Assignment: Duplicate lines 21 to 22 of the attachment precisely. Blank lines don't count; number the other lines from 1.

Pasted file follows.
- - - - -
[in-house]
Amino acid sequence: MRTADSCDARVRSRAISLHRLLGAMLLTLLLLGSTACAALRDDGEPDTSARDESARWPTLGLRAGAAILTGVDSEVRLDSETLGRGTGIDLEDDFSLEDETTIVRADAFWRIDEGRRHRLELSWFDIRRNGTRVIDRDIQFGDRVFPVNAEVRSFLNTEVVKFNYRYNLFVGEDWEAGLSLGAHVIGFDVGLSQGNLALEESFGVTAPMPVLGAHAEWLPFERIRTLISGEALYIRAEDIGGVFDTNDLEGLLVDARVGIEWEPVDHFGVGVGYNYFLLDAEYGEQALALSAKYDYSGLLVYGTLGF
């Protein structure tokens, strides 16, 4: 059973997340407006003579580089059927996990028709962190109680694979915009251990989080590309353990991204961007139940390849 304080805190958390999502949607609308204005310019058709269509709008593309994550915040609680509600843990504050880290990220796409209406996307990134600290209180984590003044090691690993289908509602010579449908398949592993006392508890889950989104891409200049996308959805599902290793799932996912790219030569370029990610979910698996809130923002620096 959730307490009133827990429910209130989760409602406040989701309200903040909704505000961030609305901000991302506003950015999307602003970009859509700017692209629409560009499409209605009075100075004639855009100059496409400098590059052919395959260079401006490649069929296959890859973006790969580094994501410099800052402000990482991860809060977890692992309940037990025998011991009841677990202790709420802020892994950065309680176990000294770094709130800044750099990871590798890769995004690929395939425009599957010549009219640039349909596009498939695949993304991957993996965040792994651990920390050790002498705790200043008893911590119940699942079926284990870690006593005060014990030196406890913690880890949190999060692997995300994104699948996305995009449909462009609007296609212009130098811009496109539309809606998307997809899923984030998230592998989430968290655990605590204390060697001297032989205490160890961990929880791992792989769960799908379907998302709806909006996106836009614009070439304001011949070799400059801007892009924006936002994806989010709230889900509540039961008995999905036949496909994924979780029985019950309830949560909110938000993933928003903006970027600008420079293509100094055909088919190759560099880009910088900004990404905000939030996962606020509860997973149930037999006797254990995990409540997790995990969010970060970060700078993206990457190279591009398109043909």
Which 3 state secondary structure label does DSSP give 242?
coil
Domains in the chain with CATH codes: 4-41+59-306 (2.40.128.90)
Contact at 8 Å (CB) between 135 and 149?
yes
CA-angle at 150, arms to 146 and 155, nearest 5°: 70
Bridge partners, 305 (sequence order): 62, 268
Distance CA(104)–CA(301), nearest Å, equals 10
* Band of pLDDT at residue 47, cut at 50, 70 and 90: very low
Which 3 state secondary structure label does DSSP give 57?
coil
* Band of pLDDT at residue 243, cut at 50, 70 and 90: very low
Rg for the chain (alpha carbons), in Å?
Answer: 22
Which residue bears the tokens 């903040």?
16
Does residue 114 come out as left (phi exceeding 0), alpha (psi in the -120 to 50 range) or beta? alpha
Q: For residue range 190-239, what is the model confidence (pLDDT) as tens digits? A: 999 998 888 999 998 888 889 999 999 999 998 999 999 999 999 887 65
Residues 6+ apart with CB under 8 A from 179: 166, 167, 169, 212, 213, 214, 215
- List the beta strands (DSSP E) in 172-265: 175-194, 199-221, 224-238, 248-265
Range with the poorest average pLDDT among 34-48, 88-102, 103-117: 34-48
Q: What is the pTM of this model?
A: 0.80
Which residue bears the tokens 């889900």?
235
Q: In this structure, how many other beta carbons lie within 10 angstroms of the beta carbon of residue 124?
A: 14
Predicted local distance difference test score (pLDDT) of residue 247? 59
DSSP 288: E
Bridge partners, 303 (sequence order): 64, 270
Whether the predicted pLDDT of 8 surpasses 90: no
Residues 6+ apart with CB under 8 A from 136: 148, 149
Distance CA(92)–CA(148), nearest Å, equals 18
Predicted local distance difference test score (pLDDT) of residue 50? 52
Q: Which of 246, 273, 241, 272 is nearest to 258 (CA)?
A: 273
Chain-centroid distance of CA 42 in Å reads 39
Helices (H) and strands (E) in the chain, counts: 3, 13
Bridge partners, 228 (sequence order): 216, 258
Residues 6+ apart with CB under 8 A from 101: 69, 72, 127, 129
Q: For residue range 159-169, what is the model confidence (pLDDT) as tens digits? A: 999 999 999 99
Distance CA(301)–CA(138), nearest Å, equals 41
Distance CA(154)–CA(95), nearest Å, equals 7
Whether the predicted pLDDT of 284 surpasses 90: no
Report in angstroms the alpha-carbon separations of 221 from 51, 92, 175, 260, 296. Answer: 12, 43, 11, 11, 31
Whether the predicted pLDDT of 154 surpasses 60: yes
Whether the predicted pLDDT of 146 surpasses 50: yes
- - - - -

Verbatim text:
Q: For residue range 190-239, what is the model confidence (pLDDT) as tens digits? A: 999 998 888 999 998 888 889 999 999 999 998 999 999 999 999 887 65
Residues 6+ apart with CB under 8 A from 179: 166, 167, 169, 212, 213, 214, 215